Nvidia unveiled their new Creator Ready Drivers (CRD) for the Titan, RTX 20, GTX 10 and GTX 16 series graphics cards at GTC 2019 last week and now they’re ready to download.
Nvidia claims they offer increased performance while offering greater stability with the apps that many photographers, video editors and other creatives use on a daily basis. Applications like Adobe Photoshop CC and Premiere Pro CC, both of which, Nvidia says see up to a 9% performance increase.
Nvidia says that the Creator Ready Driver releases are “timed to key creative application updates, ensuring the best compatibility and performance for those who depend on PCs for their creative work”. The download page boasts up to 13% improved performance in Blender Cycles rendering engine, as well as up to 9% in Photoshop and Premiere Pro and 8% in Cinema 4D.
Supported products include…
NVIDIA TITAN Series:
NVIDIA TITAN RTX, NVIDIA TITAN V, NVIDIA TITAN Xp, NVIDIA TITAN X (Pascal)
GeForce RTX 20 Series:
GeForce RTX 2080 Ti, GeForce RTX 2080, GeForce RTX 2070, GeForce RTX 2060
GeForce 16 Series:
GeForce GTX 1660 Ti, GeForce GTX 1660
GeForce 10 Series:
GeForce GTX 1080 Ti, GeForce GTX 1080, GeForce GTX 1070 Ti, GeForce GTX 1070, GeForce GTX 1060, GeForce GTX 1050 Ti, GeForce GTX 1050
While they don’t give specific numbers for the others, they say it also provides an “optimal experience” for Autodesk Arnold, Unreal Engine 4.22, Redcine-X Pro, Adobe Lightroom (presumably they mean Classic CC) and Substance Designer (at least, since Adobe bought it).
From looking at this performance report from Puget Systems, though, it’s difficult to really corroborate the performance claims, as Nvidia hasn’t stated exactly what the software was doing in order to present these performance gains. Puget Systems tested the new 4.19.67 CRDs against four previous versions of the regular drivers, and the performance seemed mostly similar between all of them.
So we don’t know if these tests are based on the everyday operation of the software, or very specific tasks that just happened to perform particularly well with the new drivers. A lot of software, like Premiere Pro, is still primarily based on CPU performance, not the GPU, so it’s difficult to really know what methods they used.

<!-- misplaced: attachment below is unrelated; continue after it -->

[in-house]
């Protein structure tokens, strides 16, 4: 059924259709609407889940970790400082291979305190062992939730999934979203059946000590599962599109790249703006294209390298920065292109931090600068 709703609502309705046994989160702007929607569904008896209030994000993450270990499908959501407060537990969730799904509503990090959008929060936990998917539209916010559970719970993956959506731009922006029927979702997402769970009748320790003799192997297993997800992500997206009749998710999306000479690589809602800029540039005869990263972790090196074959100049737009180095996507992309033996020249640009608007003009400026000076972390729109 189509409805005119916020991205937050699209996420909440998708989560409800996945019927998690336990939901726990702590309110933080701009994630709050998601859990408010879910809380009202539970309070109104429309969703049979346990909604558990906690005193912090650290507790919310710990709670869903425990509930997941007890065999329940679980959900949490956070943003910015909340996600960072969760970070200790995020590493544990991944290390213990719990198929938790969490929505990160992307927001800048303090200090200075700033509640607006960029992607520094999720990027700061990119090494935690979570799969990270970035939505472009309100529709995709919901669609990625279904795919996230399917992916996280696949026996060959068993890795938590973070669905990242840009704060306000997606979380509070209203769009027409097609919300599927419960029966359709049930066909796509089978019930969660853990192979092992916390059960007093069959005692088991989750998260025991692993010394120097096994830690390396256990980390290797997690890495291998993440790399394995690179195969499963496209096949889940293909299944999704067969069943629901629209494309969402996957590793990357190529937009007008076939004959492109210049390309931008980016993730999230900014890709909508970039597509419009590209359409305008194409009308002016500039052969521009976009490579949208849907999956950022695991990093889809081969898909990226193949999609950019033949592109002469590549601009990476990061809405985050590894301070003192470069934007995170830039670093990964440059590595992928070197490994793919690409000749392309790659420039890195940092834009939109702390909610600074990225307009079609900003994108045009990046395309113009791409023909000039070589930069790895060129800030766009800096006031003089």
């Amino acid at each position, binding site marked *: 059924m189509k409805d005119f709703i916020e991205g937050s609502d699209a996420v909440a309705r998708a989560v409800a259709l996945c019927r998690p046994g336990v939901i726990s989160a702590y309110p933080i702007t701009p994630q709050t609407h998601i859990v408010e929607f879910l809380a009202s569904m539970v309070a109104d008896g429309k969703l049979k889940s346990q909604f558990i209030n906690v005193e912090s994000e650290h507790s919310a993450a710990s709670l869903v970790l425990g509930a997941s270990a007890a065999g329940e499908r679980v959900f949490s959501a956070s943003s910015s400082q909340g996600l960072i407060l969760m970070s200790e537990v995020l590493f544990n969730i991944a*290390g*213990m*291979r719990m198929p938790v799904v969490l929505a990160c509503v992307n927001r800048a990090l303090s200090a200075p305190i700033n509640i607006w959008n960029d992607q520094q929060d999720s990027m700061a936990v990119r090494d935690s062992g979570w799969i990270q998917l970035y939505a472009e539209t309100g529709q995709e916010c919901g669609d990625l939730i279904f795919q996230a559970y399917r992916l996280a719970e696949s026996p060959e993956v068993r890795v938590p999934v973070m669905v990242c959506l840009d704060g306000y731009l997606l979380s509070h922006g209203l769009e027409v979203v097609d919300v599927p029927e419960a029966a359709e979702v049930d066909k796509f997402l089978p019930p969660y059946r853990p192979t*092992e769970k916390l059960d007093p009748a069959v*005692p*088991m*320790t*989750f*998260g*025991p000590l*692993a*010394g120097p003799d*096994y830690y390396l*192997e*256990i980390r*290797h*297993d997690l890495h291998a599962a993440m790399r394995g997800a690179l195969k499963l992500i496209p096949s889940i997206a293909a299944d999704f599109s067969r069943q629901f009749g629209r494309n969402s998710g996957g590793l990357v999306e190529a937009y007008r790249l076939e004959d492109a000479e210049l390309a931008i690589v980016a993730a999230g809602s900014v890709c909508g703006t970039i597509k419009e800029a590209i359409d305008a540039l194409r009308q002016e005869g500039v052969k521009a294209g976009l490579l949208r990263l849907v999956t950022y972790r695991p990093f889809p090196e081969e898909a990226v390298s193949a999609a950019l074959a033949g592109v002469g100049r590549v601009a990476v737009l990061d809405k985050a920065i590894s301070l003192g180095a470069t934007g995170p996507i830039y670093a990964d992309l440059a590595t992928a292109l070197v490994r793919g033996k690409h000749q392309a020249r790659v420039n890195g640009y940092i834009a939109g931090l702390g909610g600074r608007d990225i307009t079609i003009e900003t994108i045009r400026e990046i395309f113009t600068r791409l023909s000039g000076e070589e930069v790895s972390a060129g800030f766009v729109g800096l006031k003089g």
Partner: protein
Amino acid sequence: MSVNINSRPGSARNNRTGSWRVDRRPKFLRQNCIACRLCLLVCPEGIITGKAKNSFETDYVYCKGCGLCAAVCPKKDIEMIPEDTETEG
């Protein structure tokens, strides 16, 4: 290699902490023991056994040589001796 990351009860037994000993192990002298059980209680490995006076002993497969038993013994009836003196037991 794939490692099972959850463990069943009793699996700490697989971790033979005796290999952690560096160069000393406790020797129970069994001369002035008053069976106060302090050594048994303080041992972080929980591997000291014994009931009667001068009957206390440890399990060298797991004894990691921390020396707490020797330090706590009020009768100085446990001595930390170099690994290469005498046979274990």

According to PCGamesN, there isn’t that much performance difference between the new CRD vs the Game Ready Drivers (GRD), but that the CRD should offer more overall stability – a valuable feature to creatives who don’t want their graphics card & software to crash and reset in the middle of working.
That is not to say that there won’t ever be a big performance increase in creative applications, but right now there doesn’t seem to be a definitive way to test it against the GRD to back up Nvidia’s performance claims. As new software is released from Adobe and other companies, though, we might see them starting to run much more efficiently using the CRD vs the GRD.
But the release cycle for CRD is expected to be much slower than that of GRD where gaming performance is prized over stability. Although, many run GRD just fine for creative uses without any stability issues. If you’re one of those who doesn’t have any problem with the Game Ready Drivers, you might be better off sticking with them for now until we can see exactly where the CRD’s performance benefits lie. But if you do have stability issues, then you may likely be better off sacrificing a little short term performance vs the GRD to solve that particular problem.
I have two laptops here with Nvidia GTX 1050 GPUs, both running the Game Ready Drivers, and I’ve not experienced any issues with them yet. I have just switched one over to the Creative Ready Drivers, though, so let’s see how well it performs in the long term.
You can find out more about the Nvidia Creator Ready Drivers announcement here, see the complete 418 Creator Ready Driver v419.67 release notes here, and download them through the GeForce Experience desktop software or the Nvidia website.
Have you installed the Creative Ready Drivers yet? Have you noticed any performance or stability increases?